He did make a point. The first time I saw Diary of Mad Black Woman, I actually loved the film, but, by the time I saw the shows, House of Payne and Meet the Browns, and the movie, I Can Do Bad All By Myself, I was tired of Tyler Perry and his films and shows. I felt as if I was being inundated with the same stock mammy and “Amos n Andy” character types and similar patriarchal stories of having “a knight in shining armor,” or “the perfect man” rescuing you. I just got bored.

Then Tyler Perry decided to try something different with producing Precious and once again I was not very interested. Yes, I could tell that it would be a moving and powerful story and that it needed to be told. But I feel like I have heard and saw that story already. Oh, look at the tragic lives of black people living in the ghetto! Some people even called it “poverty porn” (just look at all the hood movies produced that are very popular, even though there are some I like). As one of my former professors, Bridgett Davis, said “She’s a type. Rather than make her real, i.e., flawed, Sapphire made her someone who can elicit from us only two emotions on the same continuum –sympathy and pity.” Another stock character that lacks the sense of humanity that makes them relatable and feel authentic (though it tries), like some of Tyler Perry’s characters.

One of my favorite poets, Bassey Ikpi, also felt that the film only made the audience feel happy that you were not her, but did not give you any direction on where to go from there. It just dumps all this on you and leaves you hanging. Then the, as Professor Davis said, it gives you this easy “fairtytale redemption” (very typical) and audiences are surprised that a girl who looks like that can be lovable (even though some still made fun of the way she looked in the theatre). Everything always ends okay and fixed easily with a bow. Wrong!

Another problem I had with the film not showing the face of the father who was raping Precious and having the rape scene quickly inserted and pulled out (no pun intended) with no follow-up. That one scene felt unnecessary and failed to put a human face to the father, instead of just showing him as some monster type. Moreover, the inconsistency of Precious fantasies in which she dreams of her actual self in a Hollywood-type fashion versus the scene in which she sees a white woman in the mirror. Not only those, but also the failure to elaborate how Precious’ child, named Mongol, ended up light-skin if her father is Precious’ father and the failure to elaborate on the institutional failures of schools and social services (how, unfortunately, in reality someone like Precious would be an exception).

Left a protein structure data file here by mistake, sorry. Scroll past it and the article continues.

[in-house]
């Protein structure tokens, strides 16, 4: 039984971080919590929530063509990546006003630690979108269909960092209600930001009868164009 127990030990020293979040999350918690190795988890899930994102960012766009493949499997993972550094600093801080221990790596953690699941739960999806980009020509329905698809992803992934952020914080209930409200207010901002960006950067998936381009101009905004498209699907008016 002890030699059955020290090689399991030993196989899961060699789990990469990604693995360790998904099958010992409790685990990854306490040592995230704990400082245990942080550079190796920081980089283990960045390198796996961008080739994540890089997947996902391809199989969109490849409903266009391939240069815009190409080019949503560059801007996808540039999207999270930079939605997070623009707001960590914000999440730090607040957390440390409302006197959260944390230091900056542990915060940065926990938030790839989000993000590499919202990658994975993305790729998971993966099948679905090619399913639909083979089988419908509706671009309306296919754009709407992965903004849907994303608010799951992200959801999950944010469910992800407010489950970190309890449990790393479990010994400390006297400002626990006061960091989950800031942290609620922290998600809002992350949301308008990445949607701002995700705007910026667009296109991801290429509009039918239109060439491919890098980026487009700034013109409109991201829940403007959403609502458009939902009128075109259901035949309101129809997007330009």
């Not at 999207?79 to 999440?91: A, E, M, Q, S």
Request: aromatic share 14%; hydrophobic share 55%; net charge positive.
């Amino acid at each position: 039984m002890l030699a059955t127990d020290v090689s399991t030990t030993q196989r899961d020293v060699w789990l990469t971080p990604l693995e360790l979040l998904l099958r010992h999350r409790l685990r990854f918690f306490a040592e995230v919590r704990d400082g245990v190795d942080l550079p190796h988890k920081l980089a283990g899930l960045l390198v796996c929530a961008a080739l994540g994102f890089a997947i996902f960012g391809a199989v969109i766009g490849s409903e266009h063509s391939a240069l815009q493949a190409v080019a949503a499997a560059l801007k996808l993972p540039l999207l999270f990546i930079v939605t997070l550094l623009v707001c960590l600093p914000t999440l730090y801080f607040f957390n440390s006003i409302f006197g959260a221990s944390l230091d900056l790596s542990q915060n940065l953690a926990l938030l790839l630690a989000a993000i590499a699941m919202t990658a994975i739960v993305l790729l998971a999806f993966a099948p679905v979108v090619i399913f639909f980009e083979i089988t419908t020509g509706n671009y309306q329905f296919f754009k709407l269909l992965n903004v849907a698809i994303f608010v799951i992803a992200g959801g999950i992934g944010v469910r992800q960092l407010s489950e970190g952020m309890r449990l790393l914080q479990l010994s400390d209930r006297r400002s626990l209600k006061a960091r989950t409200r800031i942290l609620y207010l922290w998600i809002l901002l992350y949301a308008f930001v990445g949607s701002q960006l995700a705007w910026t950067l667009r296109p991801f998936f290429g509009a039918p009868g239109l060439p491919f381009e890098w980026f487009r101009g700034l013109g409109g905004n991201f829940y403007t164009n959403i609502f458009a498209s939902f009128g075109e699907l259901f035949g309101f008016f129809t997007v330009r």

Even the people who “rescue” Precious are just as much as stock characters (when Ms. Rain tells Precious to write, it felt like a Freedom Writers moment). The extreme colorism in the film is obvious; I do not think it a coincidence the Paula Patton, Mariah Carey and Lenny Kravitz (all light-skinned black people) are the main heroes of the film, while Gabourey Sidibe, Monique and her father in the movie are dark-skinned, helpless and dysfunctional. In the original book, Push, Ms. Rain (who is played by Paula Patton) was actually darker-skinned with dredlocks (she would look more like me). Just listen to what the director Lee Daniels said about his prejudice of dark-skinned blacks: “‘Precious’ is so not P.C. What I learned from doing the film is that even though I am black, I’m prejudiced. I’m prejudiced against people who are darker than me. When I was young, I went to a church where the lighter-skinned you were, the closer you sat to the altar. Anybody that’s heavy like Precious — I thought they were dirty and not very smart. Making this movie changed my heart. I’ll never look at a fat girl walking down the street the same way again.” This tells me that he put some of that bias into his film.

The colorism in Precious reminds me of Avatar. Why? Well, the “White Hero” motif that is often widely promoted. I can list a lot of films that fall into the category; in fact I’ll do that now:

Blackboard Jungle, Dances with Wolves, Pochahantas, The Last Samurai, Enemy Mine, Dune, Freedom Writers, Dangerous Minds, Blindside, Invictus, Radio, Fern Gully, The last of the Mohicans, Mississippi Burning, The King of Scotland and the list goes on…..

These consist of three story types: White guy falls in love with a non-white (or alien) princess, White guy leads a group of non-white people (or magical or alien species *hint*) to fight against his own people and help non-white people protect their culture, or White teacher or coach goes into an inner-city school to help minority kids become successful…

But I cannot help but think if this can be told differently – non-white person goes into a white suburb and leads them into a new direction and no I am not talking about the “magic negro” in which he rescues the entire world or it is not a specific group (often Will Smith). Maybe, telling a story like Avatar from the point of view of the Navi’s and someone like Sully stands on the sideline. A non-white person rescuing the aliens or magical creatures. A non-white teacher or coach coming to the aid of white kids or minority kids.

In fact the last one has been done often with less promotion: Full Court Miracle, Coach Carter, Remember the Titans, Antwone Fisher, Akeelah and the Bee, The Great Debaters, Stand and Deliver, Lean On Me, The Marva Collins Story, Hotel Rwanda, Catch a Fire and much more. However, those do not get the same recognition as movies like Avatar and Blindside.

Some people may think that I am over-analyzing and seeing things, and might not believe me. But if they do not, I will give them another example. Recently, Danny Glover started creating a movie about the Haitian revolutionary, Toussaint Louverture, and when he tried to get funding for the film, he was asked if it was a black film and “where are the white heroes?” However, with a movie like this it is almost impossible to have a white hero, still they wanted one because the producers believed it would be more marketable. If that does not convince you, I do not know what will.